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Less than 50 per cent of US citizens 'satisfied' with healthcare

Data from the US Agency for Healthcare Research and Quality has shown that less than half of US citizens rated their health care quality as "satisfactory".

Data from the US Agency for Healthcare Research and Quality has shown that less than half of US citizens rated their health care quality as "satisfactory".

The AHRQ polled people aged 18 or over that had been to a doctor or hospital in the last year. They were asked to rate their standard of care on a scale where zero was the worst possible care and 10 the best. Only 48 per cent rated their care as a nine or a 10, according to the latest News and Numbers from the AHRQ.

Thirty-one per cent of Asians and American Indians rated their care as a nine or 10, while thirty-seven per cent of Alaska Natives rated their care a nine or 10. Less than half of whites (49 per cent) and African-Americans (46 per cent) rated their healthcare similarly. Only 43 per cent of Hispanics reported that they were receiving high quality health care.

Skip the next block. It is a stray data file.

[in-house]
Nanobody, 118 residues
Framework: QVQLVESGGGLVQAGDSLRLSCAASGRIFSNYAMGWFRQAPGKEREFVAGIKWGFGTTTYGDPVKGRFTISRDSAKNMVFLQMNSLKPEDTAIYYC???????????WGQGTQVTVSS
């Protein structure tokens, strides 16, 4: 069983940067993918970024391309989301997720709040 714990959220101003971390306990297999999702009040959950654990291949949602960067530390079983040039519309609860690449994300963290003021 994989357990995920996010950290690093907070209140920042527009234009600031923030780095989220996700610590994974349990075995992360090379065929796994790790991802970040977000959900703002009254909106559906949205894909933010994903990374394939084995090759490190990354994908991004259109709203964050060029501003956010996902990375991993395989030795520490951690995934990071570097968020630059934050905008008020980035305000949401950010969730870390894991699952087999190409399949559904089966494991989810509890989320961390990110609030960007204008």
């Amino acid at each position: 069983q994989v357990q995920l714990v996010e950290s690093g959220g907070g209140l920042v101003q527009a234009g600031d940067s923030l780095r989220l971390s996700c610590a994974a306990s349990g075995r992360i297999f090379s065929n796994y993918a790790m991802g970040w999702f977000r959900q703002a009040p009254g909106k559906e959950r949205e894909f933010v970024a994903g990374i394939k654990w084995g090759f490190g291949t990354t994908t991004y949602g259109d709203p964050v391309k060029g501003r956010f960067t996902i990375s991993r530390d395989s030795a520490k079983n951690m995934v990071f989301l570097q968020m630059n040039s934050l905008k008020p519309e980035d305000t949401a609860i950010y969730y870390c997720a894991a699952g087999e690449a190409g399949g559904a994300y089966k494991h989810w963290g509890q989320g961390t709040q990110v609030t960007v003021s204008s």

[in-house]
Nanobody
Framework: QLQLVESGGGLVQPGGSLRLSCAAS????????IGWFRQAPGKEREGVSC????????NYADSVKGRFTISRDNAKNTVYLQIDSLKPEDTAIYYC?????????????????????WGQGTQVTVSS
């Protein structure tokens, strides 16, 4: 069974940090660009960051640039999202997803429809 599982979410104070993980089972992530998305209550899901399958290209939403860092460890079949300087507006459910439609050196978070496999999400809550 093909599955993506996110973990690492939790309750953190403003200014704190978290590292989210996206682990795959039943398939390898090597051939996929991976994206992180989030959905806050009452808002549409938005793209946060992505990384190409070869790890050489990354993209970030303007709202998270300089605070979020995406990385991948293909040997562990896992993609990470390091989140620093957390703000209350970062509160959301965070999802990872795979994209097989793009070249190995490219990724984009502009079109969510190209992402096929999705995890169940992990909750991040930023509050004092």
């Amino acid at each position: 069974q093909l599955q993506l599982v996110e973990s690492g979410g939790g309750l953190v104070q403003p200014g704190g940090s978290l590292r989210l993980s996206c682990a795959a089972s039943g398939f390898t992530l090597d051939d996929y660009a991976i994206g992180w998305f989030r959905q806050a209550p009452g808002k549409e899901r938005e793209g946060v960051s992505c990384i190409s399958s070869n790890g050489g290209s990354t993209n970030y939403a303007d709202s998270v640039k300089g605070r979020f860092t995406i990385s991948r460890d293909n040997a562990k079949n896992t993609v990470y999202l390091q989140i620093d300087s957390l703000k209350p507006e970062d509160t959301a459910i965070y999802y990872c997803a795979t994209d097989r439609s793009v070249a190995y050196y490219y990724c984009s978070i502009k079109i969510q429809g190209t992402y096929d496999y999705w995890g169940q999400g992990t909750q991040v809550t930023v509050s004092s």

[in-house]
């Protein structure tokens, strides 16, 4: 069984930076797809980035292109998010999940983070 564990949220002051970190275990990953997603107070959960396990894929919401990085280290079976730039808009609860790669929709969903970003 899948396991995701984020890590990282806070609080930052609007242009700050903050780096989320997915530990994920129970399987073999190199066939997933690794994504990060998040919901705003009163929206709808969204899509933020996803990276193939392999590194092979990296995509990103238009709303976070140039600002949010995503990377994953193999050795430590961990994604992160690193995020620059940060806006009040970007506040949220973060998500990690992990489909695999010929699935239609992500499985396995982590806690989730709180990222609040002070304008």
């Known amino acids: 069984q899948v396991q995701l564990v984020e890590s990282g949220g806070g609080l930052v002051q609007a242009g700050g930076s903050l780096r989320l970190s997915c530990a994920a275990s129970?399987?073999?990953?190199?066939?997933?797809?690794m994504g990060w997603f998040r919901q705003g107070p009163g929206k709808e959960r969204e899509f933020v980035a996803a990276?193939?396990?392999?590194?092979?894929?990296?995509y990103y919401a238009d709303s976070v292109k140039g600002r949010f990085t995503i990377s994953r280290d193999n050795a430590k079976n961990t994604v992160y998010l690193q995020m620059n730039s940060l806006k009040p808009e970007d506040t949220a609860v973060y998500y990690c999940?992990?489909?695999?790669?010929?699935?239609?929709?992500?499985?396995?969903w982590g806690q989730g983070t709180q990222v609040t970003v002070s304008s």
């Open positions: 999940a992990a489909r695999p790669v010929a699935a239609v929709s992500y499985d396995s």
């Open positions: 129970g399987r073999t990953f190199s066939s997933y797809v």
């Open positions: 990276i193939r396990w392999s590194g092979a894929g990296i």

Just less than 60 per cent of people age 65 and older who are under Medicare (with or without additional private or public health insurance) rated their care the highest, compared with 46 per cent of privately insured patients and 39 per cent of uninsured US citizens.

Men and women gave similar ratings of how they viewed the quality of their care, with 46 and 49 per cent seeing their care as "excellent", respectively.

This AHRQ News and Numbers publication is based on data from the 2006 National Healthcare Quality Report, which examined the quality of health care across the US on effectiveness of health care, patient safety, timeliness of care and patient centeredness.

The data can be accessed on

30th September 2008


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